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Journey of faith

January 08, 2006|By PEPPER BALLARD

pepperb@herald-mail.com

HAGERSTOWN -

The Imam of The Islamic Society of Western Maryland's Masjid, or mosque, Qasim Burmi, his wife and other members of the Islamic Society are in Mecca, Saudi Arabia, to participate in the annual Hajj, or obligatory pilgrimage to Mecca, Dr. Shahab Siddiqui said Friday.

Millions of Muslims across the globe will begin their religious observances of the annual Hajj on Monday, the pilgrimage Muslims must make at least once in their lifetimes.

Hajj is one of five pillars of the Islamic faith, or obligations those who practice the religion must fulfill. The other four pillars include a declaration of faith, daily prayer, offering regular charity and fasting during the month of Ramadan.

"Most (Muslims), as a mark of tradition, fast (Monday), pray and worship," Siddiqui said.

On Tuesday, Muslims worldwide will gather for communal prayers on the first day of Eid ul-Adha, one of two festivals Muslims celebrate. It is celebrated as a commemoration of Prophet Abraham's willingness to sacrifice his son, Ishmael, who was replaced with the sacrifice of an animal, for God, Siddiqui said.

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Siddiqui said services will be held at The Islamic Society of Western Maryland's mosque, at 2036 Day Road behind the Four Points Sheraton on Dual Highway, on Tuesday at 9:30 a.m. He said there are about 300 members.

The Islamic Society will host "communal prayer and a celebration of sacrifice."

The sacrifice is in remembrance of Abraham's willingness to sacrifice his son at God's command, Siddiqui said. The meat from the animal is given to the poor and needy and shared with relatives. Siddiqui said the Islamic Society typically takes a cattle to a slaughterhouse in Williamsport for this part of the celebration. Members gather again in the evening to have dinner and socialize, he said.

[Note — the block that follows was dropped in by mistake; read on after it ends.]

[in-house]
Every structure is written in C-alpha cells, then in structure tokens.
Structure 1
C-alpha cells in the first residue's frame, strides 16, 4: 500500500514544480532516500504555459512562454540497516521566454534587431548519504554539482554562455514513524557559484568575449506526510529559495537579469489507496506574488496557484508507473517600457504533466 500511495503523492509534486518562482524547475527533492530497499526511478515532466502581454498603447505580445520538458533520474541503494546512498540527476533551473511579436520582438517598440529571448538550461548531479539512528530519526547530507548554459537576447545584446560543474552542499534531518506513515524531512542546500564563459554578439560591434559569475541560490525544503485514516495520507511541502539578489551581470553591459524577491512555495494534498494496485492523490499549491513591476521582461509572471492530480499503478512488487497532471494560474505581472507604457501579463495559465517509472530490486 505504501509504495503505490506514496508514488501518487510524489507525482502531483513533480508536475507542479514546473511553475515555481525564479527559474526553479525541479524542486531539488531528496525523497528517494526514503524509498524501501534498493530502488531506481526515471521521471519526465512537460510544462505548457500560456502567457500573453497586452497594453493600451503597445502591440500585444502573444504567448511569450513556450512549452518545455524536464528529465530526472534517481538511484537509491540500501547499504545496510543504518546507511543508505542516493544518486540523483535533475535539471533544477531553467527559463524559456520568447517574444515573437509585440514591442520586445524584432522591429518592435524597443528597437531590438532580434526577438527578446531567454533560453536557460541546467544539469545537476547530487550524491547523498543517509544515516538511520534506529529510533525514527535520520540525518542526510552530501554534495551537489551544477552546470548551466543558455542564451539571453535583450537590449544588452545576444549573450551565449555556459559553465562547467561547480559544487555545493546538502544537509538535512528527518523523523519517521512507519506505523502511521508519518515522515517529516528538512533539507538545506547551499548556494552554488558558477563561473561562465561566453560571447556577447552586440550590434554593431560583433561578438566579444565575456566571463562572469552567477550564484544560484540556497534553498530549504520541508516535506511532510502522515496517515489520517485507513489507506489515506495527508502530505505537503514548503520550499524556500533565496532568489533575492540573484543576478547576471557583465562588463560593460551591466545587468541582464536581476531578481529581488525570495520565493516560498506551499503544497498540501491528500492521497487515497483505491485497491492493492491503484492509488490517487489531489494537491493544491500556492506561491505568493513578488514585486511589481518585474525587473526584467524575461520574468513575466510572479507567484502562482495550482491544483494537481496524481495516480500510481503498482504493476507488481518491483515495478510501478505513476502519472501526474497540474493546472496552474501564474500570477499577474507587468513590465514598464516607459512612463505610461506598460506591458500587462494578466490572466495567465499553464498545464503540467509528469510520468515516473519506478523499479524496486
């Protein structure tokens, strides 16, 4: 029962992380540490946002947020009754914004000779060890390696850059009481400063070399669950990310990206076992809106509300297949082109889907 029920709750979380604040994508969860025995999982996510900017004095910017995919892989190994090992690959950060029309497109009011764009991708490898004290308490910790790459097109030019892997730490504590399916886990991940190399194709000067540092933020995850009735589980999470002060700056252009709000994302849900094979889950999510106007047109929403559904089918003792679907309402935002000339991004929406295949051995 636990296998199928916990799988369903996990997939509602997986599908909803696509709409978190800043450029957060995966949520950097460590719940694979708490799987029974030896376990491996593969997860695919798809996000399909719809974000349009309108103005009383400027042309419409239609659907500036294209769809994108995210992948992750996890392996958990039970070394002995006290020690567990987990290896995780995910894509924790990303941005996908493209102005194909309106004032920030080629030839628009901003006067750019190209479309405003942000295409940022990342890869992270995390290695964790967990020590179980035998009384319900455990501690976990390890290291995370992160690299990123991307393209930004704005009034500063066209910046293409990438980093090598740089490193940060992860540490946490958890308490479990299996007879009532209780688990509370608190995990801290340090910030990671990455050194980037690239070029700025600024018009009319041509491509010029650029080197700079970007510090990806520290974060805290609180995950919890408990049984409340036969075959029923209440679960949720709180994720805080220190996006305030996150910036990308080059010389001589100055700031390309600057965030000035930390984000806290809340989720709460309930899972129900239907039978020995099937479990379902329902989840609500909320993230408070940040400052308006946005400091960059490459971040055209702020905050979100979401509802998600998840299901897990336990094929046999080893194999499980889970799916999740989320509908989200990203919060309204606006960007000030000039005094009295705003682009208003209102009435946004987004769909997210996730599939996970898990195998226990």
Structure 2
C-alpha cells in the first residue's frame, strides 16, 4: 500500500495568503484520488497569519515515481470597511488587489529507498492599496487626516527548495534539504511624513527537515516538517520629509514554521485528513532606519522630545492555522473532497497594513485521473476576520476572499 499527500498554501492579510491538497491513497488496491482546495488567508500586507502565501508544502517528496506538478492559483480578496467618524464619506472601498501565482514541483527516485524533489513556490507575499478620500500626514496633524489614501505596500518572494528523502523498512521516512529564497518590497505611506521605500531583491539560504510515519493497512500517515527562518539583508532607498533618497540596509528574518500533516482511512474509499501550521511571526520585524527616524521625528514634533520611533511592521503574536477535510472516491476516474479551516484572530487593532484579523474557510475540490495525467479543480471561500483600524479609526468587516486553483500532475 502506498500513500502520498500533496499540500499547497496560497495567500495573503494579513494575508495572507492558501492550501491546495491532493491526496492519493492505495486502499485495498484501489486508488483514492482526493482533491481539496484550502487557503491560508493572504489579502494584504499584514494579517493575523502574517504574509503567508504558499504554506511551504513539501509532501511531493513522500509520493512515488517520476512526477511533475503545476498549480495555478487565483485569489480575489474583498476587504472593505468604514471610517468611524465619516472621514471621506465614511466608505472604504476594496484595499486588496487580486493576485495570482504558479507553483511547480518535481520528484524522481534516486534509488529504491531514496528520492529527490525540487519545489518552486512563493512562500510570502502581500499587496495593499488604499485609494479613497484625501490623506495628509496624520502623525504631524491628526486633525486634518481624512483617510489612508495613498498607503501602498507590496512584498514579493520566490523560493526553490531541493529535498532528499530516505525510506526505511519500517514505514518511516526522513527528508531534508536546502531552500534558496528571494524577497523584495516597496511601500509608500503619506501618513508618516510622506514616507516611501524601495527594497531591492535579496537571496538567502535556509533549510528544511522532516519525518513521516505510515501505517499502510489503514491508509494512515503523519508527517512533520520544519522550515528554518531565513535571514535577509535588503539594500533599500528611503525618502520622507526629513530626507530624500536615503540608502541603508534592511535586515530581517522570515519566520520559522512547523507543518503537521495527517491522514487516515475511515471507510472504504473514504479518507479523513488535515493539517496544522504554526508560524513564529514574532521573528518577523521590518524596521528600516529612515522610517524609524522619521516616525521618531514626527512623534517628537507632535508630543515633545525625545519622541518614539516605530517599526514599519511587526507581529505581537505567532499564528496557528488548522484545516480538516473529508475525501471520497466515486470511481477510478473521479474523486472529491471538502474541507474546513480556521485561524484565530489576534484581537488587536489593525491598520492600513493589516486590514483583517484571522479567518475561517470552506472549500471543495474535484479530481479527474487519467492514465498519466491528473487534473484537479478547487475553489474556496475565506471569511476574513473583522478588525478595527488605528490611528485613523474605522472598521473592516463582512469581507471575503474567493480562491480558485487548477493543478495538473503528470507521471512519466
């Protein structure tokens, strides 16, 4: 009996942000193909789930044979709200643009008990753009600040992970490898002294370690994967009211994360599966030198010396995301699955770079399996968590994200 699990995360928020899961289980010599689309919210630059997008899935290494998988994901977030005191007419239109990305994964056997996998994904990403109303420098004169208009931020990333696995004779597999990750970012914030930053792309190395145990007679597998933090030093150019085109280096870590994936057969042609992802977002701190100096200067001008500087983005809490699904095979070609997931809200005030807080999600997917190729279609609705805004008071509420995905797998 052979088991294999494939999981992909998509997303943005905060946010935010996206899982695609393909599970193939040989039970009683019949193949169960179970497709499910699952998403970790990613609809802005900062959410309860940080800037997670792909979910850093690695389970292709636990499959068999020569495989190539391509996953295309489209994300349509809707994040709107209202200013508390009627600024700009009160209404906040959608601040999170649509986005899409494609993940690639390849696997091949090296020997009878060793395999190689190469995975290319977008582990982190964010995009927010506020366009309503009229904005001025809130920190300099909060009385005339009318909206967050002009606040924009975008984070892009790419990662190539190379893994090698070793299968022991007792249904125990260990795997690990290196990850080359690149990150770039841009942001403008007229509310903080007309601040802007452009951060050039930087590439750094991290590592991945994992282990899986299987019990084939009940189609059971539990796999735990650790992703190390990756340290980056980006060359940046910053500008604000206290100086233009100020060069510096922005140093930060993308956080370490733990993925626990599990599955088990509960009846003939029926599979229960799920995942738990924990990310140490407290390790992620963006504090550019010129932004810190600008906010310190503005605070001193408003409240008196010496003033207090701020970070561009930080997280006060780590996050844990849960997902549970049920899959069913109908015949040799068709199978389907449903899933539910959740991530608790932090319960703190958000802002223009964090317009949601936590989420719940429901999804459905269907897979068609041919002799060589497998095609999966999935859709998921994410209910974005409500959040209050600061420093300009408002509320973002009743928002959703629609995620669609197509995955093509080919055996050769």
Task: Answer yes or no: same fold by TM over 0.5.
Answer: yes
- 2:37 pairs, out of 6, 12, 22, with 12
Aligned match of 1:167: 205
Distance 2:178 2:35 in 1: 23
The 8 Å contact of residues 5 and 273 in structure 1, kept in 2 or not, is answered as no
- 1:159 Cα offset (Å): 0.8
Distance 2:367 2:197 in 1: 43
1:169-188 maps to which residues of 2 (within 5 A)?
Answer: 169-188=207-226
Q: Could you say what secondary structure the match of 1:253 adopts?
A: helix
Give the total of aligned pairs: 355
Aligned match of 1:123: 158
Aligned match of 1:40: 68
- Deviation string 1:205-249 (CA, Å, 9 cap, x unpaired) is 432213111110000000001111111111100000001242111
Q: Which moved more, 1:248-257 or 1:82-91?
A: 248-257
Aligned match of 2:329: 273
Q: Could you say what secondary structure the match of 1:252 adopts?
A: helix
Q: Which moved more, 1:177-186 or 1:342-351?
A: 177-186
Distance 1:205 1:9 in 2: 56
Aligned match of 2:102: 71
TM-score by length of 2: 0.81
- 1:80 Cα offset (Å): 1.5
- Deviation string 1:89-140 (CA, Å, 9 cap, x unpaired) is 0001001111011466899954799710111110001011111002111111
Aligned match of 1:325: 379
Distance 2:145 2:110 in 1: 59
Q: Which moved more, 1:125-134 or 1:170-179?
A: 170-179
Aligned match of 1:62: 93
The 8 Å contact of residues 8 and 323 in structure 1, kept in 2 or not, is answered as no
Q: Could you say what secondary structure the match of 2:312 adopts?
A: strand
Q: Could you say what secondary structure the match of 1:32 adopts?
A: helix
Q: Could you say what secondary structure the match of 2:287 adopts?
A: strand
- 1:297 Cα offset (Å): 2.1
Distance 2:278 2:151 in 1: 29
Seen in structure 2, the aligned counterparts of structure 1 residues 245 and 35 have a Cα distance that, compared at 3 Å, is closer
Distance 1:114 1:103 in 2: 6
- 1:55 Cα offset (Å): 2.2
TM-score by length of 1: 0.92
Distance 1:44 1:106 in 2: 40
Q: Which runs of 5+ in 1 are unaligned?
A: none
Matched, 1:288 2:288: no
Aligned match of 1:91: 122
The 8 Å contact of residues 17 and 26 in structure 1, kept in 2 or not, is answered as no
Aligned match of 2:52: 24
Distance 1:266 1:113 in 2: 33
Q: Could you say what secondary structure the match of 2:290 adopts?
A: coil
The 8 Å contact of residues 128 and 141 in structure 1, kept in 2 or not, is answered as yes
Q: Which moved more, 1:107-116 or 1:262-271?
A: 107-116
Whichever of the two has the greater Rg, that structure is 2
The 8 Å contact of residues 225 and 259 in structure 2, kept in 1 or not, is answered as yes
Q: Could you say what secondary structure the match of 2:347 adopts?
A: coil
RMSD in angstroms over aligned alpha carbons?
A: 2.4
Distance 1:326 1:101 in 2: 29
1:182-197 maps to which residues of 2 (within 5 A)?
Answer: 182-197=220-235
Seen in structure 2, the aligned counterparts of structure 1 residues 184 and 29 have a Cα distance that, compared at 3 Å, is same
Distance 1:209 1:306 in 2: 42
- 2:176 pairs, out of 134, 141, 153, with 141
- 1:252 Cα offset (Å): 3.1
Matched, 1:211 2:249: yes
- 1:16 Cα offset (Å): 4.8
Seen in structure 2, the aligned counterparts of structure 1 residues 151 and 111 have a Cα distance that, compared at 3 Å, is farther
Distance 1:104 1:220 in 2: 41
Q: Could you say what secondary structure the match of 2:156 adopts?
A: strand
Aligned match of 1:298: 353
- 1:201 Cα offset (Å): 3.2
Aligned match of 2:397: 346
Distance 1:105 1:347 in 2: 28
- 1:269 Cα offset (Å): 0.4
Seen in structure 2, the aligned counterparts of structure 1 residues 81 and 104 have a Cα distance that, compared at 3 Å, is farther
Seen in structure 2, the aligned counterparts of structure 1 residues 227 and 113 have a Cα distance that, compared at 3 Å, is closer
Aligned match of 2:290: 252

Activities for children also will be held at the mosque, Siddiqui said.

As part of Hajj, Muslims have obligatory and optional duties. Among them, they must practice self-control, a state called "ihram," which forbids them from either harming living creatures, including insects and plants, or raising their voice in anger. Siddiqui said Muslims wear two pieces of cloth to symbolize their observance of "ihram." Muslims have the option to cut their hair to symbolize the completion of Hajj.

Muslims must face in prayer the direction of the "Ka'aba," a stone building that Muslims believe originally was built by Abraham and his son, Ishmael, which is considered by those of the faith to be the first sanctuary on Earth dedicated to the worship of one God.

If one cannot make it Mecca, Siddiqui said Muslims in other parts of the world use compasses to position themselves in the direction of Ka'aba. Those who are in Mecca circle around the Ka'aba.

"From anywhere in the world, we pray toward Mecca," Siddiqui said.

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